M A I N   N E W S

India, Pak fail to reach agreement
Tackling drug trafficking
Rajeev Sharma and S Satyanarayanan
Tribune News Service

New Delhi, August 29
The Home Secretaries of India and Pakistan today discussed at length the first-ever Memorandum of Understanding (MoU) between them on prevention of drug trafficking, but failed to reach an agreement on it, sources disclosed to The Tribune tonight.

During the first day of their two-day talks here, the Home Secretaries of India and Pakistan, Mr V K Duggal and Mr Syed Kamal Shah, respectively, covered a wide swath of issues, including release of prisoners lodged in each others jails and Extradition Treaty — a proposal which India has been pushing for years.

The Sarabjit Singh issue also came up for pointed discussion during the day-long talks.

The two-side, however, remained stuck on some crucial issues raised by either side as the other side did not agree to it.

Strange it may seem but it is true that back channel negotiations on an MoU on prevention of drug trafficking between India and Pakistan have taken place in all seriousness in past few weeks.

Just before the Home Secretary level talks were to begin the attempt from both the countries was that the proposed MoU be initialled at the August 29-30 talks in Delhi.

The proposed MoU on prevention of drug trafficking includes, sharing of intelligence and arrest of third country nationals involved in drug trafficking by the signatories. India and Pakistan have, in the recent past, exchanged intelligence in this regard as both the countries are besotted with this menace.

The two countries had been working on the idea that when External Affairs Minister K Natwar Singh travels to Pakistan in October this year for talks with his Pakistani counterpart Khurshid Mahmood Kasuri, the two foreign ministers should formally sign the MoU.

The two-sides had a free and frank discussion on Extradition Treaty, an idea which seems to be closer to New Delhi’s scheme of things than Islamabad, the two sides agreed to continue to discuss in the future meetings.

For India, the focus was on deportation of underworld don Dawood Ibrahim and Jaish-e-Mohammed founder chief Maulana Masood Azhar, but the Pakistani side said they were not in the country.

The Indian side cited news reports published in Pakistani media itself over the past few weeks, which suggested the duos presence in Pakistan, but the Pakistani side rubbished these reports.

For the Pakistanis the prominent issue was “violation of Human Rights” in Jammu and Kashmir. They also demanded that India should reduce the number of its security personnel deployed in Jammu and Kashmir and begin addressing the Jammu and Kashmir issue more meaningfully.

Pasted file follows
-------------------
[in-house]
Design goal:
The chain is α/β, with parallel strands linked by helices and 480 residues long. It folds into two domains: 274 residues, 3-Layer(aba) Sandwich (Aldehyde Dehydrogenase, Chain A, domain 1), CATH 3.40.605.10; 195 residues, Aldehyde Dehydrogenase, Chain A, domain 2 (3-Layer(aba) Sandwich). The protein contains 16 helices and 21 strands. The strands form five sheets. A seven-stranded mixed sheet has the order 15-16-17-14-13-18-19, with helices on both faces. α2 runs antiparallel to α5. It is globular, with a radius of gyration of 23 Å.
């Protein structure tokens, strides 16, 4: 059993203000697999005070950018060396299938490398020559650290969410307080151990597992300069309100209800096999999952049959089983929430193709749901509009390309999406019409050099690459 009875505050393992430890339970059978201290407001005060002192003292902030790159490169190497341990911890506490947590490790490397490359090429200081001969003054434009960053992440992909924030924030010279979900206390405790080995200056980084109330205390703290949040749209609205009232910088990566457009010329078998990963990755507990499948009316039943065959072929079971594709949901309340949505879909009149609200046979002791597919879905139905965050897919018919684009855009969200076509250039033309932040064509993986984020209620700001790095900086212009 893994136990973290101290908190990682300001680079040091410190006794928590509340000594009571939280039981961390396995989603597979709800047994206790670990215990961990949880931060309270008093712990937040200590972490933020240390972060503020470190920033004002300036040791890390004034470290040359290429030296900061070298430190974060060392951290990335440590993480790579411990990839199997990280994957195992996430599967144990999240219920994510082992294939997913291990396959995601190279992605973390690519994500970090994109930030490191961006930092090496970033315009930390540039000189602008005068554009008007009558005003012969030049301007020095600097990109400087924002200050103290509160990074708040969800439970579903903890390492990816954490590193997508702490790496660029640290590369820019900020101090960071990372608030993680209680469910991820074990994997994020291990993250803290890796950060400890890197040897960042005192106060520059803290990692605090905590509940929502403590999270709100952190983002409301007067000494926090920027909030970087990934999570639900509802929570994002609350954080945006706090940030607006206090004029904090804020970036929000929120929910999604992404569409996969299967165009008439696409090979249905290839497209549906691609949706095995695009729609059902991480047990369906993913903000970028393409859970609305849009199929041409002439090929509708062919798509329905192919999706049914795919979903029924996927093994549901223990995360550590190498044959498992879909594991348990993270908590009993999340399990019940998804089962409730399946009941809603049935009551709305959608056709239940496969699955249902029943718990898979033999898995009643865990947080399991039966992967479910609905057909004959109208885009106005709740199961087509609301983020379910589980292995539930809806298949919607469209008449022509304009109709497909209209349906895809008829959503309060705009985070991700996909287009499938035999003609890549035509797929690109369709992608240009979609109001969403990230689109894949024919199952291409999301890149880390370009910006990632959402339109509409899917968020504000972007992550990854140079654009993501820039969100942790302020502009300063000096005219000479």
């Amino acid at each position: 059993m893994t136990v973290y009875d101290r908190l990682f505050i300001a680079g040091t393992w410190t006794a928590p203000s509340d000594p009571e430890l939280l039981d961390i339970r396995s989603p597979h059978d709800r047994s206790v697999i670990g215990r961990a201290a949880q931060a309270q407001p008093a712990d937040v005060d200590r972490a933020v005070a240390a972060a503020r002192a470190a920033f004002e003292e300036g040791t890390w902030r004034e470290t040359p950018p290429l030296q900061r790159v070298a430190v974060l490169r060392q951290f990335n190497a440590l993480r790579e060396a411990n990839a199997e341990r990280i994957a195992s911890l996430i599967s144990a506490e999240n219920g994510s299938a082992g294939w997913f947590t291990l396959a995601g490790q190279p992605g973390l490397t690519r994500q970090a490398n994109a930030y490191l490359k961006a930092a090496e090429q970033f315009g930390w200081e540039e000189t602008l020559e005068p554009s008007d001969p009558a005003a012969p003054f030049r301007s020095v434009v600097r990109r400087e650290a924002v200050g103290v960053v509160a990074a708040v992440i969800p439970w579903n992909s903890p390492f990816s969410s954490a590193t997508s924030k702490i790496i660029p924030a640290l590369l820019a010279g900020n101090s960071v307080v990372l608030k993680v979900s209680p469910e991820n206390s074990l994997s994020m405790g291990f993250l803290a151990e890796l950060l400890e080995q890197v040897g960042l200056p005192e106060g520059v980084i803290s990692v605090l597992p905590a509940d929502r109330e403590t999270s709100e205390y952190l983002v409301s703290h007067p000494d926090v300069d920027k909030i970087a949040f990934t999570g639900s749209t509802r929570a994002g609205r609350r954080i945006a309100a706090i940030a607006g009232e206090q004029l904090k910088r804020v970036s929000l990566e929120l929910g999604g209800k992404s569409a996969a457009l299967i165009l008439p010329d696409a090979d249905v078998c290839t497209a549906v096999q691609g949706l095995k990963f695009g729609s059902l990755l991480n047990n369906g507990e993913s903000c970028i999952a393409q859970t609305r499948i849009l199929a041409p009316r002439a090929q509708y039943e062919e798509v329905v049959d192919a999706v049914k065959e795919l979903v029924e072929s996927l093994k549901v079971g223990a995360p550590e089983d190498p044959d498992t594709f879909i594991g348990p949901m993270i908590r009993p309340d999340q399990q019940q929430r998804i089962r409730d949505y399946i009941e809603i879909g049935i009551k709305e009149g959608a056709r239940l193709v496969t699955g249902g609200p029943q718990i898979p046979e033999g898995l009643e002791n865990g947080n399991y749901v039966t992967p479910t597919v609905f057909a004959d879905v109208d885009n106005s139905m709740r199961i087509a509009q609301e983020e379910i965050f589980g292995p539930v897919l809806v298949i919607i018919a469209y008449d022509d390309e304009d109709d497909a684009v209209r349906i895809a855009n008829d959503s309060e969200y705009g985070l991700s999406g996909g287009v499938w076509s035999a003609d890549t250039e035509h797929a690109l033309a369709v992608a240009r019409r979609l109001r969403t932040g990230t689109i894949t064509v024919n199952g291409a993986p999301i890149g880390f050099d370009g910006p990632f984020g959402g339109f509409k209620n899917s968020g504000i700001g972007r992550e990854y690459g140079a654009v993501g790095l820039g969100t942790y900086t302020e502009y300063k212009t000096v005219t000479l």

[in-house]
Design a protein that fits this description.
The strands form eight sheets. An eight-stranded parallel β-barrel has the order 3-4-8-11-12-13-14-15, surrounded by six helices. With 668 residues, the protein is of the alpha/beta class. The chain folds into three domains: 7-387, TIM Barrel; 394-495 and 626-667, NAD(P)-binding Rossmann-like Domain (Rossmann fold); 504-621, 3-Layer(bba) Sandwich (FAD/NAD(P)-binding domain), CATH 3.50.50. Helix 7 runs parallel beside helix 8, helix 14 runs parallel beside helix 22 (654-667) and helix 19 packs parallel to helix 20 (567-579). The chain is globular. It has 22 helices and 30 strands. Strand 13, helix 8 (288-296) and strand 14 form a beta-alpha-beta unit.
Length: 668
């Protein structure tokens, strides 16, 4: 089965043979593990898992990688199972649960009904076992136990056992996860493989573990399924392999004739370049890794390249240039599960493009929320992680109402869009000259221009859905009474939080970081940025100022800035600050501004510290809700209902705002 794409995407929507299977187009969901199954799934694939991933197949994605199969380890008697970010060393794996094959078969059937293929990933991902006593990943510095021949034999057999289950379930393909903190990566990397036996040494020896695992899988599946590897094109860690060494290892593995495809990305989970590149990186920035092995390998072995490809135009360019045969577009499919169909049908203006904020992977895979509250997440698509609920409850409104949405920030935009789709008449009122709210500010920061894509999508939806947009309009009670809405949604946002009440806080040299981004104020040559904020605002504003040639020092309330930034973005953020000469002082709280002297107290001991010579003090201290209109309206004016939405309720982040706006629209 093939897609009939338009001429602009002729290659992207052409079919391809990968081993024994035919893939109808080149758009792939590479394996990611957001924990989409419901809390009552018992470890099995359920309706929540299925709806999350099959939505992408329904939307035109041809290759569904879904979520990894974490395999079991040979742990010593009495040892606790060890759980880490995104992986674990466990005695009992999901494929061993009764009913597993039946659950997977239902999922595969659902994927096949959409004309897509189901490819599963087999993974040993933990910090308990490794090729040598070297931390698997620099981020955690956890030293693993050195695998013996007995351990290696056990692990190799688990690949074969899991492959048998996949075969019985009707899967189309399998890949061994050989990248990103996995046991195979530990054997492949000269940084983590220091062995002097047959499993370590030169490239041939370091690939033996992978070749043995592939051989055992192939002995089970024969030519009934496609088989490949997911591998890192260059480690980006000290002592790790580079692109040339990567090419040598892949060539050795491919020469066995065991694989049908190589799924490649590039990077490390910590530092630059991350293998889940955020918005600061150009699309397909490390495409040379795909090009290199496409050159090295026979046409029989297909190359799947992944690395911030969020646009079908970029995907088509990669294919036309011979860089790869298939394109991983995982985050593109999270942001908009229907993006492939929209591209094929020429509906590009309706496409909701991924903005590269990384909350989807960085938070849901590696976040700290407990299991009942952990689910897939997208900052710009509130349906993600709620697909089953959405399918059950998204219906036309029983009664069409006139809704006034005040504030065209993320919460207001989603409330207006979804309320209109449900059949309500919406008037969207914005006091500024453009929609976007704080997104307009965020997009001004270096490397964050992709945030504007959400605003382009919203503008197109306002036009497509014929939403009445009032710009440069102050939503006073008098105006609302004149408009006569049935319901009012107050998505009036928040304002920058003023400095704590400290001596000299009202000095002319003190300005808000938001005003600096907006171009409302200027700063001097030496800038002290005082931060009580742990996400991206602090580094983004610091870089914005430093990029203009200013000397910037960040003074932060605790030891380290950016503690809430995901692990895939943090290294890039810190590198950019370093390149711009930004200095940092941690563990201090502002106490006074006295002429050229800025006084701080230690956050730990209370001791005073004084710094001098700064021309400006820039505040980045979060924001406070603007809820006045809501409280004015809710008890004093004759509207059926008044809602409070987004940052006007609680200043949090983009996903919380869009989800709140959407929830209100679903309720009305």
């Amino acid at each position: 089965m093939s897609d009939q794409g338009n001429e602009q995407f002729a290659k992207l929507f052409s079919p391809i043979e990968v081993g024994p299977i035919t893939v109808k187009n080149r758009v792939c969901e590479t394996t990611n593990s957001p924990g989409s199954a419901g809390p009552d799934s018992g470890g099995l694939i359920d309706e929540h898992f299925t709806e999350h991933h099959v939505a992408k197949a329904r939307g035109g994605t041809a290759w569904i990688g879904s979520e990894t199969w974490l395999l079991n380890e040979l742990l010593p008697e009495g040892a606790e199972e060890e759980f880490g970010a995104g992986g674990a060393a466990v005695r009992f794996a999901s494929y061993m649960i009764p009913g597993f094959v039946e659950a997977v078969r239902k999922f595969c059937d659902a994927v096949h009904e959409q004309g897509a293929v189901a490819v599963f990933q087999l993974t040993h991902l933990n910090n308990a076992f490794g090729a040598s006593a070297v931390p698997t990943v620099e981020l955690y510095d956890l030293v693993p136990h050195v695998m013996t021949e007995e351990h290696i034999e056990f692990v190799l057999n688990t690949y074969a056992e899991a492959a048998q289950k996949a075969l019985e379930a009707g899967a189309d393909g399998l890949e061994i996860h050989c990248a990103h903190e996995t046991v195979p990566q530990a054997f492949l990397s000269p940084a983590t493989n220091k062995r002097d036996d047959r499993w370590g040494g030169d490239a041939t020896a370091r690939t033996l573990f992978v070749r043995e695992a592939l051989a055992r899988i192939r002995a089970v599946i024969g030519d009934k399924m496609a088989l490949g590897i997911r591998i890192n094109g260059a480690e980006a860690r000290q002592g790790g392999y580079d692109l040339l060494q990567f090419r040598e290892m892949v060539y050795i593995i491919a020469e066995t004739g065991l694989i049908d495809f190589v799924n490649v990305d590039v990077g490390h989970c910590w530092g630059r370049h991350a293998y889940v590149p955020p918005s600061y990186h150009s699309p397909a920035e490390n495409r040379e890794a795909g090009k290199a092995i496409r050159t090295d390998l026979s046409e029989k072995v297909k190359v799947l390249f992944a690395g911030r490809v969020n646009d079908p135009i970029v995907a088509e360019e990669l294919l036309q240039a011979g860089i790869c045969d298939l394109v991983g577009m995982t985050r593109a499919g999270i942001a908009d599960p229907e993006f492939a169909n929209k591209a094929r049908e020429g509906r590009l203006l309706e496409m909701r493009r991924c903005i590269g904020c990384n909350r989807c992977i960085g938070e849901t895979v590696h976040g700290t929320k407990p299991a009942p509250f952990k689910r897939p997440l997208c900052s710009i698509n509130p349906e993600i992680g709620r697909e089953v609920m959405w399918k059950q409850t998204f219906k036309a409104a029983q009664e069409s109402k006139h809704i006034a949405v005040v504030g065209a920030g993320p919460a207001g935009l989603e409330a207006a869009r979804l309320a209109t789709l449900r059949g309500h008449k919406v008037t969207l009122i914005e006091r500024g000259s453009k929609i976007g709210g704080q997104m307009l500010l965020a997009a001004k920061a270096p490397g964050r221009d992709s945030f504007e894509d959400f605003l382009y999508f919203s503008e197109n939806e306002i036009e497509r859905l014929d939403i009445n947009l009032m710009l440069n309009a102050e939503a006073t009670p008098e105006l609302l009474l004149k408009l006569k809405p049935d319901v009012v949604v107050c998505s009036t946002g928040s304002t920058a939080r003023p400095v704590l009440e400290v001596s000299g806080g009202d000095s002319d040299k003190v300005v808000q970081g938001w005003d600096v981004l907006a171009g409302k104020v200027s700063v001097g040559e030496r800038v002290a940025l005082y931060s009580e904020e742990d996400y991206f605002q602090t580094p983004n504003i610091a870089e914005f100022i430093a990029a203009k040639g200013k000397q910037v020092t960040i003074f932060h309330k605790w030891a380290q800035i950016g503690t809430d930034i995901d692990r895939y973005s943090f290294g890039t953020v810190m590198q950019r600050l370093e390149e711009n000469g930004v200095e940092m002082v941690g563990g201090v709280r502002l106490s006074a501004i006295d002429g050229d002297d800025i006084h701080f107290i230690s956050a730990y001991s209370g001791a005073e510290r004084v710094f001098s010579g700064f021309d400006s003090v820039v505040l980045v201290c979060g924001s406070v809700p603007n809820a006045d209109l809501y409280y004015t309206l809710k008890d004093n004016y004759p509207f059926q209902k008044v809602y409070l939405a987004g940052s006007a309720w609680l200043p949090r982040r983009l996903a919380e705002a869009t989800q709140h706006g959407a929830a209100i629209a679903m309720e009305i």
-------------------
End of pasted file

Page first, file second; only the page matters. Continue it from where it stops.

The Indian response was that New Delhi was quite sensitive and quite respectful towards Human Rights and was doing its best to ensure that the human rights of innocent people in J and K are protected.

On Pakistan’s oft-repeated demand for reduction of Indian security personnel in Jammu and Kashmir, New Delhi’s response was that the deployment of security personnel was directly proportional to the ground situation arising out of cross-border terrorism.

Meanwhile, it is also understood that both sides have exchanged an “updated list” of terrorists and criminals wanted in each others country.

Though there was no official word, the Indian side is understood to have presented an “updated list” 30 wanted terrorists, criminals and those involved in anti-national activities to the visiting delegation and Pakistani side handed a list of 37 wanted criminals living in India.

Union Home Secretary V K Duggal said a joint statement would be issued tomorrow after the conclusion of the talks which are a part of the ongoing Indo-Pak composite dialogue process.

Emerging from an hour-long meeting both the delegations had with Union Home Minister Shivraj Patil, Mr Shah described his talks as “very very useful” and “positive” saying “we are sincerely committed to taking care of the issues and problems that exist.

“If India is peaceful and India is secure, we feel Pakistan will be peaceful. If Pakistan is peaceful, India should feel that it would be peaceful. So, we have to work for this objective and we feel we are in the right direction,” the Pakistan Interior Secretary said.

Both sides said they discussed the issue of terrorism, drug trafficking and that of the prisoners who are in jails in both the countries.

Mr Shah, flanked by Mr Duggal, told newspersons that both President Pervez Musharraf and Prime Minister Manmohan Singh were “committed” to the dialogue process and “we are moving forward as per their directions.”

“The talks are being held in the light of a joint declaration of Prime Minister Manmohan Singh and President Musharraf” issued in April this year, Mr Duggal said after the meeting.

Referring to his one-on-one meeting with Union Home Minister Shivraj Patil, the Pakistani Interior Secretary said he assured the minister that Pakistan was keen to make further progress in bilateral ties with India and that “the joint statement should be an improvement on the one issued after the Islamabad round last year”.

“I have absolutely no doubt in my mind that we will make very good headway which will be in the interest of peoples of India and Pakistan,” Mr Shah said.

The Indian side is stressing on the joint statement issued by Mr Singh and Gen Musharraf in April this year which refers to the January 2004 joint declaration under which Pakistan’s soil will not be used for terrorism against India, the peace process would be strengthened by implementation of confidence building measures and terrorism would not be allowed to come in its way.

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